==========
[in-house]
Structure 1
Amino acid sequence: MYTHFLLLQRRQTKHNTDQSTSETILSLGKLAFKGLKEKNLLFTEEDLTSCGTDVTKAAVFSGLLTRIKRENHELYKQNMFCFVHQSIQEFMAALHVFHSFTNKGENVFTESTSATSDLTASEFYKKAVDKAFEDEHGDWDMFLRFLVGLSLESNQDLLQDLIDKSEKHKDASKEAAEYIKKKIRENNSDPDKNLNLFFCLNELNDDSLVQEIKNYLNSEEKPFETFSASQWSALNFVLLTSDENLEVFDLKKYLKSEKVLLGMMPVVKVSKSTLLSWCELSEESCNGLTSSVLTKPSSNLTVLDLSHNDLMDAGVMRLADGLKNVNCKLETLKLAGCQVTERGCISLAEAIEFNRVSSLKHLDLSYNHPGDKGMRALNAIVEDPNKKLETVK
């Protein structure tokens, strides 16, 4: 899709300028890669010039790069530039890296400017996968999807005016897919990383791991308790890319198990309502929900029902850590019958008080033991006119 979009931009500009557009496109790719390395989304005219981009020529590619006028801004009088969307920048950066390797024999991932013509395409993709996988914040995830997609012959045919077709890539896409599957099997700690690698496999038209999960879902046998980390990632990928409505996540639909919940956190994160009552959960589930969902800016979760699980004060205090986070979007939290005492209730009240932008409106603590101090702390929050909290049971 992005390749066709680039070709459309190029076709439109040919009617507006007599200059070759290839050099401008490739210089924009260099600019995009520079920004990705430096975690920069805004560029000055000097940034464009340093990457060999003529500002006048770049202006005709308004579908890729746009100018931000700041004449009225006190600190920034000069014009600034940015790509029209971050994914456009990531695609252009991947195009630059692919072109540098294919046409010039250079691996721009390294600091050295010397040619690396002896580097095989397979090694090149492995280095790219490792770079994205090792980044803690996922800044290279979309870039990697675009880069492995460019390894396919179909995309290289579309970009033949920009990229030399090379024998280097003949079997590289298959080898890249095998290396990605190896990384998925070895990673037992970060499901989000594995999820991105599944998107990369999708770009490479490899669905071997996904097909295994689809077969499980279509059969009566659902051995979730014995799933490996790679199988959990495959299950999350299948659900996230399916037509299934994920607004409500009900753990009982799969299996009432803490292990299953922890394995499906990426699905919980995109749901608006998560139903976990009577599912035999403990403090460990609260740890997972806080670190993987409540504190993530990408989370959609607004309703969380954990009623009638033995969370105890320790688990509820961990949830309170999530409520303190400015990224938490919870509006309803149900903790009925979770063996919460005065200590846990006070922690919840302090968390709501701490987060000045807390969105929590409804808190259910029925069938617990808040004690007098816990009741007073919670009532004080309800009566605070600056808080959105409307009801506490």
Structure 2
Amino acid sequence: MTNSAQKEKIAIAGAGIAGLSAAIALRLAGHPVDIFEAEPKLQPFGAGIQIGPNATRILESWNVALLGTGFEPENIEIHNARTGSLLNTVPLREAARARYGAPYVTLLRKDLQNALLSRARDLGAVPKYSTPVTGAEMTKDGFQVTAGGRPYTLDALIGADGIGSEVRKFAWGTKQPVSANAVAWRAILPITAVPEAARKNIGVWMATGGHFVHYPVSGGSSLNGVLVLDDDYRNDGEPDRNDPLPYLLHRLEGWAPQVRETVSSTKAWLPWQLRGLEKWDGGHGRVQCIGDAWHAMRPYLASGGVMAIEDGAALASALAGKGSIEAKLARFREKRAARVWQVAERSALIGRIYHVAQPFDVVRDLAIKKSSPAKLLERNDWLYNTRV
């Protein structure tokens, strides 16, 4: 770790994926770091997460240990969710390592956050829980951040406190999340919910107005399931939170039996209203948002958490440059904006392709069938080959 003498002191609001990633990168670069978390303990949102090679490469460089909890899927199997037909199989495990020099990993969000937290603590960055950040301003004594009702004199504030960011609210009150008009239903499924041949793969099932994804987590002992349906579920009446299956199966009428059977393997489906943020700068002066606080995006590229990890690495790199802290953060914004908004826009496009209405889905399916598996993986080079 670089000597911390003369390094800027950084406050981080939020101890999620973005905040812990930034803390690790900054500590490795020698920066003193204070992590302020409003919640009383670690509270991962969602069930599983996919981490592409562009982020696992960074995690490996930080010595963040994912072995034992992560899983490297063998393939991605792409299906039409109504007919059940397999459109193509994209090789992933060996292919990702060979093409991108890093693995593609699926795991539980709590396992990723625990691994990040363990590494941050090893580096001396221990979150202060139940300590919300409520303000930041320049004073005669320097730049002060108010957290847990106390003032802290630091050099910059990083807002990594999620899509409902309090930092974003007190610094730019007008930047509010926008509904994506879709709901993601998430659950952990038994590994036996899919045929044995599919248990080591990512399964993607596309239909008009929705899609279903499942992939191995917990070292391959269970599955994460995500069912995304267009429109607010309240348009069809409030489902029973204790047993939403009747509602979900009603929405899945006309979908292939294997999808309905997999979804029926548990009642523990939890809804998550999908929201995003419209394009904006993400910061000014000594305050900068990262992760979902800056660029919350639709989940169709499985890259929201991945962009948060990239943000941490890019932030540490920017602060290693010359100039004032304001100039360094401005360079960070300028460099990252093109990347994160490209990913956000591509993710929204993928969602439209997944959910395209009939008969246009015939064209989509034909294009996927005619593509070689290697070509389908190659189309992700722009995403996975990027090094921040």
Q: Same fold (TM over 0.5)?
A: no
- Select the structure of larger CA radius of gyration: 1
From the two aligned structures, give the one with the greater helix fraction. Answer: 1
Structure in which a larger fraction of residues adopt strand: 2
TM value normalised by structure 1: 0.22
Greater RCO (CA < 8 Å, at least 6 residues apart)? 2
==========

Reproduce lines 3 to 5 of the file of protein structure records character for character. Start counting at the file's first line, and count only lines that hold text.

Amino acid sequence: MYTHFLLLQRRQTKHNTDQSTSETILSLGKLAFKGLKEKNLLFTEEDLTSCGTDVTKAAVFSGLLTRIKRENHELYKQNMFCFVHQSIQEFMAALHVFHSFTNKGENVFTESTSATSDLTASEFYKKAVDKAFEDEHGDWDMFLRFLVGLSLESNQDLLQDLIDKSEKHKDASKEAAEYIKKKIRENNSDPDKNLNLFFCLNELNDDSLVQEIKNYLNSEEKPFETFSASQWSALNFVLLTSDENLEVFDLKKYLKSEKVLLGMMPVVKVSKSTLLSWCELSEESCNGLTSSVLTKPSSNLTVLDLSHNDLMDAGVMRLADGLKNVNCKLETLKLAGCQVTERGCISLAEAIEFNRVSSLKHLDLSYNHPGDKGMRALNAIVEDPNKKLETVK
């Protein structure tokens, strides 16, 4: 899709300028890669010039790069530039890296400017996968999807005016897919990383791991308790890319198990309502929900029902850590019958008080033991006119 979009931009500009557009496109790719390395989304005219981009020529590619006028801004009088969307920048950066390797024999991932013509395409993709996988914040995830997609012959045919077709890539896409599957099997700690690698496999038209999960879902046998980390990632990928409505996540639909919940956190994160009552959960589930969902800016979760699980004060205090986070979007939290005492209730009240932008409106603590101090702390929050909290049971 992005390749066709680039070709459309190029076709439109040919009617507006007599200059070759290839050099401008490739210089924009260099600019995009520079920004990705430096975690920069805004560029000055000097940034464009340093990457060999003529500002006048770049202006005709308004579908890729746009100018931000700041004449009225006190600190920034000069014009600034940015790509029209971050994914456009990531695609252009991947195009630059692919072109540098294919046409010039250079691996721009390294600091050295010397040619690396002896580097095989397979090694090149492995280095790219490792770079994205090792980044803690996922800044290279979309870039990697675009880069492995460019390894396919179909995309290289579309970009033949920009990229030399090379024998280097003949079997590289298959080898890249095998290396990605190896990384998925070895990673037992970060499901989000594995999820991105599944998107990369999708770009490479490899669905071997996904097909295994689809077969499980279509059969009566659902051995979730014995799933490996790679199988959990495959299950999350299948659900996230399916037509299934994920607004409500009900753990009982799969299996009432803490292990299953922890394995499906990426699905919980995109749901608006998560139903976990009577599912035999403990403090460990609260740890997972806080670190993987409540504190993530990408989370959609607004309703969380954990009623009638033995969370105890320790688990509820961990949830309170999530409520303190400015990224938490919870509006309803149900903790009925979770063996919460005065200590846990006070922690919840302090968390709501701490987060000045807390969105929590409804808190259910029925069938617990808040004690007098816990009741007073919670009532004080309800009566605070600056808080959105409307009801506490």
Structure 2